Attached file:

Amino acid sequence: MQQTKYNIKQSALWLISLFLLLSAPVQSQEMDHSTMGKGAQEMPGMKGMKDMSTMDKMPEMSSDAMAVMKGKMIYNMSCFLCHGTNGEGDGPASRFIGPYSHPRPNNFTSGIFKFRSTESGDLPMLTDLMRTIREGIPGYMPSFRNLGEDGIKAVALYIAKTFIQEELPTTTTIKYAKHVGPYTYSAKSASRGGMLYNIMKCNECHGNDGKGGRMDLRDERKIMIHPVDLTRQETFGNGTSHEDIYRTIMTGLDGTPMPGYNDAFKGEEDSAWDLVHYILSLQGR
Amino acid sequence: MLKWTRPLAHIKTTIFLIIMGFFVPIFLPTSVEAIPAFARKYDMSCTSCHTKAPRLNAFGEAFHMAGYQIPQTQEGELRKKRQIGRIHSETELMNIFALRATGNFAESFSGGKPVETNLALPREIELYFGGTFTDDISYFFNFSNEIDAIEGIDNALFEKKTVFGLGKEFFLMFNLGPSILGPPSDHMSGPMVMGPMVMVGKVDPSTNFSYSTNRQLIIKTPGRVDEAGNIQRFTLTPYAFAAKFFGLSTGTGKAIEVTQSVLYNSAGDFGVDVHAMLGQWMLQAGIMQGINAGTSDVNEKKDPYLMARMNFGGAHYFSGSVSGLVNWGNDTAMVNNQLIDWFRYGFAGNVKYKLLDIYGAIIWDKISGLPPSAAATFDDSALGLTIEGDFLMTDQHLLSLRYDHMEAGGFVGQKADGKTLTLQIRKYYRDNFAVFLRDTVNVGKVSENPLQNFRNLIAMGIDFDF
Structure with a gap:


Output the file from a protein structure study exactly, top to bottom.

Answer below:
Amino acid sequence: MQQTKYNIKQSALWLISLFLLLSAPVQSQEMDHSTMGKGAQEMPGMKGMKDMSTMDKMPEMSSDAMAVMKGKMIYNMSCFLCHGTNGEGDGPASRFIGPYSHPRPNNFTSGIFKFRSTESGDLPMLTDLMRTIREGIPGYMPSFRNLGEDGIKAVALYIAKTFIQEELPTTTTIKYAKHVGPYTYSAKSASRGGMLYNIMKCNECHGNDGKGGRMDLRDERKIMIHPVDLTRQETFGNGTSHEDIYRTIMTGLDGTPMPGYNDAFKGEEDSAWDLVHYILSLQGR
Amino acid sequence: MLKWTRPLAHIKTTIFLIIMGFFVPIFLPTSVEAIPAFARKYDMSCTSCHTKAPRLNAFGEAFHMAGYQIPQTQEGELRKKRQIGRIHSETELMNIFALRATGNFAESFSGGKPVETNLALPREIELYFGGTFTDDISYFFNFSNEIDAIEGIDNALFEKKTVFGLGKEFFLMFNLGPSILGPPSDHMSGPMVMGPMVMVGKVDPSTNFSYSTNRQLIIKTPGRVDEAGNIQRFTLTPYAFAAKFFGLSTGTGKAIEVTQSVLYNSAGDFGVDVHAMLGQWMLQAGIMQGINAGTSDVNEKKDPYLMARMNFGGAHYFSGSVSGLVNWGNDTAMVNNQLIDWFRYGFAGNVKYKLLDIYGAIIWDKISGLPPSAAATFDDSALGLTIEGDFLMTDQHLLSLRYDHMEAGGFVGQKADGKTLTLQIRKYYRDNFAVFLRDTVNVGKVSENPLQNFRNLIAMGIDFDF
Structure with a gap: